At the University of Massachusetts, COVID-19 has not only changed what life looks like for students, but it has also caused significant workplace adjustments and challenges for professional and student frontline workers.
Since the beginning of the spring semester, 27 UMass non-student staff members and two faculty members have tested positive for COVID-19, according to an email statement from Mary Dettloff, deputy director of UMass News & Media Relations, on Feb. 26.
Workers from different areas on campus shared their experiences since the arrival of students on campus, voicing concerns regarding staffing issues, enforcement of COVID-19 rules, student behavior and proper COVID-19 protections.
In the dining halls, plexiglass has been installed at all of the food counters to separate workers from diners. Workers place food in serving windows to limit interaction and they are required to get once-weekly asymptomatic testing. Students now tap their own UCards for entry into the dining halls, rather than handing it to an employee to scan them in.
Jennifer Churchill, an employee at Berkshire Dining Hall, described being worried about coming into work because of students’ loose adherence to COVID-19 precautions.
In the dining hall, she has noticed students improperly wearing masks or not social distancing enough. Most often, the burden falls onto her and her coworkers to enforce COVID-19 rules on students and remind them about how to properly wear masks.
The challenge, Churchill describes, is that “there’s so many [workers] versus so many students. The ratio is insane… it’s hard to enforce and just keep track of everybody.” She referenced the smaller number of workers due to University furloughs of some dining hall workers. Some employees are currently working at part-time hours, but she noted that more have been returning this week.
Regarding the responsibility of constantly reminding students of safety rules, Churchill said, “It’s exhausting. I babysat toddlers that have behaved better than some of the students. That’s really sad.” A coworker shared a story with her about getting flipped off by a student after asking him to properly wear his face mask.
Being a frontline worker while cases at the University soared caused her stress for her health. “Every time I get my negative asymptomatic testing, I just breathe a little bit of relief,” Churchill said.
Still, she notes that this is not how all students at the University are behaving. “There are students that are super good about it, they social distance ,.. they wear two masks and it makes me super happy when I see that.”
In the residence halls, employees of Residence Hall Security started a petition asking for improvements of safety measures at the security desks. Residence Hall Security employs over 200 students who work as security monitors, responsible for signing in residents of dorms between the hours of 8 p.m. to 12 a.m. on weekdays and from 8 p.m. to 3 a.m. on weekends.
One worker within RHS spoke with the Collegian about the petition and their experience as a worker. Their identity is being kept anonymous in order to avoid retribution against them.
According to the source, about 250 people have signed the petition so far, and 60 percent of RHS staff who have seen the petition have signed it. They noted that some employees specifically cited fear of being fired as reason for not signing the petition.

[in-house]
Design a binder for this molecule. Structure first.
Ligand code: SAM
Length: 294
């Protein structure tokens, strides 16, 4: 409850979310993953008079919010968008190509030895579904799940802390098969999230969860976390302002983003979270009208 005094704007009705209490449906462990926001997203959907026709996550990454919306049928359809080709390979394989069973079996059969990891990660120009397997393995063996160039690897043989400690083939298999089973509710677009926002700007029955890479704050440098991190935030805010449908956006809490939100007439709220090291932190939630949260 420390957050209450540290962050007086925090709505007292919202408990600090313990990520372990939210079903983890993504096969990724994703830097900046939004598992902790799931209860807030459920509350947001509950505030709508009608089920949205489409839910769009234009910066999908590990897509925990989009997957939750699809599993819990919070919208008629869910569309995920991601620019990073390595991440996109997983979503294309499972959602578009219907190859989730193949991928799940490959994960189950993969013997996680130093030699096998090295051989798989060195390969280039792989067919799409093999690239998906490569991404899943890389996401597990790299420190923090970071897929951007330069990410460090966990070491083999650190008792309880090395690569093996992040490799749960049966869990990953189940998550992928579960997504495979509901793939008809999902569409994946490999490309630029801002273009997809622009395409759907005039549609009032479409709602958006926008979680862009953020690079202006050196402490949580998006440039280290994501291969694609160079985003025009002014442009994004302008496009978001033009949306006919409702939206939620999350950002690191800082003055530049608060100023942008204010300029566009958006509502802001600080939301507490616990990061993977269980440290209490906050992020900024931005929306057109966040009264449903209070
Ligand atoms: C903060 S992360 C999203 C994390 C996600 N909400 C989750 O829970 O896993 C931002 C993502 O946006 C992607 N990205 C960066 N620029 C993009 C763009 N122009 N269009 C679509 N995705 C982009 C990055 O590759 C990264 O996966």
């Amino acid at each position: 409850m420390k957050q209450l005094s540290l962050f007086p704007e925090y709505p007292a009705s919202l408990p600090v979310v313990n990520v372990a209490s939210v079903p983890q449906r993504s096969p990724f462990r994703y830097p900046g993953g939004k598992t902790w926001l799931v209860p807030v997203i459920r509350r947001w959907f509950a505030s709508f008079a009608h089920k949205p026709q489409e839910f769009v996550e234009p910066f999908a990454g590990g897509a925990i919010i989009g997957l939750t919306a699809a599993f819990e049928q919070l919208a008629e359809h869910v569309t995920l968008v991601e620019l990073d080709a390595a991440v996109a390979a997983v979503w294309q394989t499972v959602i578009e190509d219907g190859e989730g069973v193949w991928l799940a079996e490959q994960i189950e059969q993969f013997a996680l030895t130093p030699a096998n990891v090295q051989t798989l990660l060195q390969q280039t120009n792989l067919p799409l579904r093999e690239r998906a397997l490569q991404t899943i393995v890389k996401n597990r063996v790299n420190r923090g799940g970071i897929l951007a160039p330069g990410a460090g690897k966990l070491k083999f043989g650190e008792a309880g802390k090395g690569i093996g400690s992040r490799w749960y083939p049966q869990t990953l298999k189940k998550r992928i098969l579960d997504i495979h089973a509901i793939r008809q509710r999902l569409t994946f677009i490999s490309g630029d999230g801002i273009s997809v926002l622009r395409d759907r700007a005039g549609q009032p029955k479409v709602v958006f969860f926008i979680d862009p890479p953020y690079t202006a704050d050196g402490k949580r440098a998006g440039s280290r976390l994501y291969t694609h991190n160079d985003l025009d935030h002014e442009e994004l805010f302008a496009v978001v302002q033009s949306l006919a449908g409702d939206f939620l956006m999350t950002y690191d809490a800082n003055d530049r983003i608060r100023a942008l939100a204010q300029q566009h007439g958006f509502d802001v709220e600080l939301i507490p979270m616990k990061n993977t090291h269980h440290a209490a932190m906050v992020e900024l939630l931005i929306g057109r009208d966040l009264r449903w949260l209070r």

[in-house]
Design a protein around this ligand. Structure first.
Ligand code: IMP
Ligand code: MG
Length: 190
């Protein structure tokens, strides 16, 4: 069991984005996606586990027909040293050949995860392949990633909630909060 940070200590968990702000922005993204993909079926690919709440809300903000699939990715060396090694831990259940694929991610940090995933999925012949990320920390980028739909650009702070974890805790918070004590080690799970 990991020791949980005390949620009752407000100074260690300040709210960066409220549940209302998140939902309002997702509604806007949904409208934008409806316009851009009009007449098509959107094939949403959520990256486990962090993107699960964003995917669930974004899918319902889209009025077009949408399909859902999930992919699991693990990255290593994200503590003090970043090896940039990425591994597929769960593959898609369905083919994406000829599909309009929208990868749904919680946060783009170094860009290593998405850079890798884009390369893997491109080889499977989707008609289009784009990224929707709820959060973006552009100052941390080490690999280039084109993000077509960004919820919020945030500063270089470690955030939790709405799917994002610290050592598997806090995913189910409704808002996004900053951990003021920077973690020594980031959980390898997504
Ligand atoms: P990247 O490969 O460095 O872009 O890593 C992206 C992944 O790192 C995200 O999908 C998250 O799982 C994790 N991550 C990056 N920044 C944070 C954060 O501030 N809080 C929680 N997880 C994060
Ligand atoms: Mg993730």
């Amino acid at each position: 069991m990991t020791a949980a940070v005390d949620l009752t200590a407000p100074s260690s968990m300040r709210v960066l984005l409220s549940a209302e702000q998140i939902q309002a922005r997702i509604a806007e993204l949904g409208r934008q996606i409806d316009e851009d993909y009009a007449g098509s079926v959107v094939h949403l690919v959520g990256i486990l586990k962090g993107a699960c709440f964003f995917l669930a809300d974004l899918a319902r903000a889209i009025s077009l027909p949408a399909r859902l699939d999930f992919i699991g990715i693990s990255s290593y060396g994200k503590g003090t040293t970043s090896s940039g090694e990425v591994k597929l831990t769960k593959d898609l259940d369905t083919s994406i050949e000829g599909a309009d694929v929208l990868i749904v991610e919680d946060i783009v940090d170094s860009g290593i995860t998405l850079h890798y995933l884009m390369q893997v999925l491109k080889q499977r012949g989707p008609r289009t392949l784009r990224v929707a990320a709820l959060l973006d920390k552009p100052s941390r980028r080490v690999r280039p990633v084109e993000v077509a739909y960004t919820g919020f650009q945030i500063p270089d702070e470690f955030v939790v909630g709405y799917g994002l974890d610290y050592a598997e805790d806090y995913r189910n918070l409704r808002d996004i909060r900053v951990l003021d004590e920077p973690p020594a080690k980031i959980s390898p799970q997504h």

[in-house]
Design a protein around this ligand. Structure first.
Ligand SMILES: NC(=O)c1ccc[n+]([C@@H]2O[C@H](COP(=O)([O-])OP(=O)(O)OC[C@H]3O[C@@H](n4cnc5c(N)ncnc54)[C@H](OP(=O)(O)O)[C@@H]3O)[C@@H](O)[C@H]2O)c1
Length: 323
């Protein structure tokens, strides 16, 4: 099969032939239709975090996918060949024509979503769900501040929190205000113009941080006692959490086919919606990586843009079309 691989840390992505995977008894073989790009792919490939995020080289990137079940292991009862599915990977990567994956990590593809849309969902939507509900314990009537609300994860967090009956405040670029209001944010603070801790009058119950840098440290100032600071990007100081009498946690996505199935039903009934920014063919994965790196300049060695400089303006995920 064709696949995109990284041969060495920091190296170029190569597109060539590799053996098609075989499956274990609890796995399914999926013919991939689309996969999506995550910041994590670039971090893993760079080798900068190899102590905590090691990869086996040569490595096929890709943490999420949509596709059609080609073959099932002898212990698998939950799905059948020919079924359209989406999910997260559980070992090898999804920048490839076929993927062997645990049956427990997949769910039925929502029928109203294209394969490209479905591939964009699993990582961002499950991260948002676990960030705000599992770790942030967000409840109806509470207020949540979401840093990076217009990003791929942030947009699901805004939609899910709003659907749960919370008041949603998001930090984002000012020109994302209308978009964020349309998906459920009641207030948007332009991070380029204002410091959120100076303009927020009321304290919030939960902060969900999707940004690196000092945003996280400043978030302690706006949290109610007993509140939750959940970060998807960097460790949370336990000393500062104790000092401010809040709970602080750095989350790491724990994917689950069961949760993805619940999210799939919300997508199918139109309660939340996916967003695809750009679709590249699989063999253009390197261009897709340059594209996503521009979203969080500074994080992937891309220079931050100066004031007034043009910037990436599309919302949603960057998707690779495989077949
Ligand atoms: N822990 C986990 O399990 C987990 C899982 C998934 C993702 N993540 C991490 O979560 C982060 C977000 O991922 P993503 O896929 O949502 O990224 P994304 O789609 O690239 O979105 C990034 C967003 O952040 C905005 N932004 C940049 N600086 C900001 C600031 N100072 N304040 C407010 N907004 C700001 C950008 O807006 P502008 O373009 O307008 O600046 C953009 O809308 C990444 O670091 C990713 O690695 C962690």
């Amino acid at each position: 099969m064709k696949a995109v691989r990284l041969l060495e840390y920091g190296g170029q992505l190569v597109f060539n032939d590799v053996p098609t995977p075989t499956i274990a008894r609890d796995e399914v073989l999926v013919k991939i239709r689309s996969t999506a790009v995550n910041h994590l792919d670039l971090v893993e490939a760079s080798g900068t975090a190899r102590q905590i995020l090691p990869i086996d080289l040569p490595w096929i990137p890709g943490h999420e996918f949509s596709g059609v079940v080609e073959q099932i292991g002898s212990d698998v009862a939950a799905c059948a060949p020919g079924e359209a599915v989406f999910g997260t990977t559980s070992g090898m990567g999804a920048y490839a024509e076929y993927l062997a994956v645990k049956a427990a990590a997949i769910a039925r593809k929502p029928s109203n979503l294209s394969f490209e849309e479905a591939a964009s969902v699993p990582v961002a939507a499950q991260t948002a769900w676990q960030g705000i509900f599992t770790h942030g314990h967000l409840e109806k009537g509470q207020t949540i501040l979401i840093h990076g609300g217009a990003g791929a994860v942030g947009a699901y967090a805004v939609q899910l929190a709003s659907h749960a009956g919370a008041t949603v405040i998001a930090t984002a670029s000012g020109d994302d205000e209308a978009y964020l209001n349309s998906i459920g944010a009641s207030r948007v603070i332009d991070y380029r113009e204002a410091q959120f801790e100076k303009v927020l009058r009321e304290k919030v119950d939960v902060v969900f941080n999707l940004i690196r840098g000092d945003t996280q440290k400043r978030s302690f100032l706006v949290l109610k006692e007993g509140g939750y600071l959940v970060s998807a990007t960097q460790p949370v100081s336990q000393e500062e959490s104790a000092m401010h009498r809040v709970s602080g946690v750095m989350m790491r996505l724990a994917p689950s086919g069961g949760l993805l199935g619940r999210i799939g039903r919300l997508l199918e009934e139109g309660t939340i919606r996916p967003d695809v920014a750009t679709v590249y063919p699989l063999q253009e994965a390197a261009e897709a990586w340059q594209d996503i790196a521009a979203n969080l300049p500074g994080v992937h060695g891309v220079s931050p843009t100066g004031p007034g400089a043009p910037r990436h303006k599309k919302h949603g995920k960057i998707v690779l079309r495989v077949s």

The RHS employee noted that current safety measures for residential hall security staff include plexiglass in front of the desks where students come to sign in, giving workers single-use masks and disinfectant wipes in plastic bags for wiping down their surface.
The petition asks for improvements in these conditions, listing as requests: “reusable masks (like they gave everyone else on campus…) … wipes that aren’t in plastic bags… more glass to the monitor desks so that they’re actually shielded from the places where people walk by.”
The source noted that the plexiglass does not fully shield the workers in some residence halls.
“I can confirm that whenever residents want to talk to us, they walk just around the glass. I’ve also had residents walk just past the glass and then pull down their masks to talk to me,” said the source.
The source also voiced frustration with the little guidance on how to operate under the COVID-19 restrictions this semester. They mentioned that their boss had told them that they did not have to enforce masking rules when students check in to their residence halls improperly weaning masks but, rather, that they should just file an incident report.
The RHS employee added, however, that finding the incident report form online is difficult. “It felt like they didn’t want us to be writing up people who were breaking COVID protocols,” they added.
Before the University’s shift to the High Alert posture, which banned all student gatherings, the source noted that students would often exceed the maximum capacity numbers in common areas of the dorms, leaving RHS staff to enforce rules. RHS workers were left unknowing what protocol to follow. The source reported having no instruction of whether they are allowed to ask students who break rules for their IDs to file an incident report with.
“We can’t write people up and it feels really terrible and powerless that we’re working in the dorms and we’re always running into these big groups of people who are violating the COVID procedures and we’re getting no acknowledgement of the fact that we’re being put in danger by their behavior and by the fact that UMass has done nothing to protect us,” they said.
The petition also calls on the University to assist in the faster hiring of new RHS employees. Currently, the source reports that RHS is understaffed, leaving many dorm buildings without any security monitors on some nights.
“When buildings are empty anyone who wants to can go into them,” the source said. “People are taking note of which buildings are empty and bringing people in, especially when they’re freshmen buildings.”
Dettloff stated that “We [the University] have sufficient staff to maintain and clean the resident halls, academic spaces and dining commons.”
The source also noted hearing from other coworkers that they are thinking about quitting their job because of how unsafe they feel. RHS monitors work for shifts that range from 6-7 hours long in dorms where residents are coming in and out.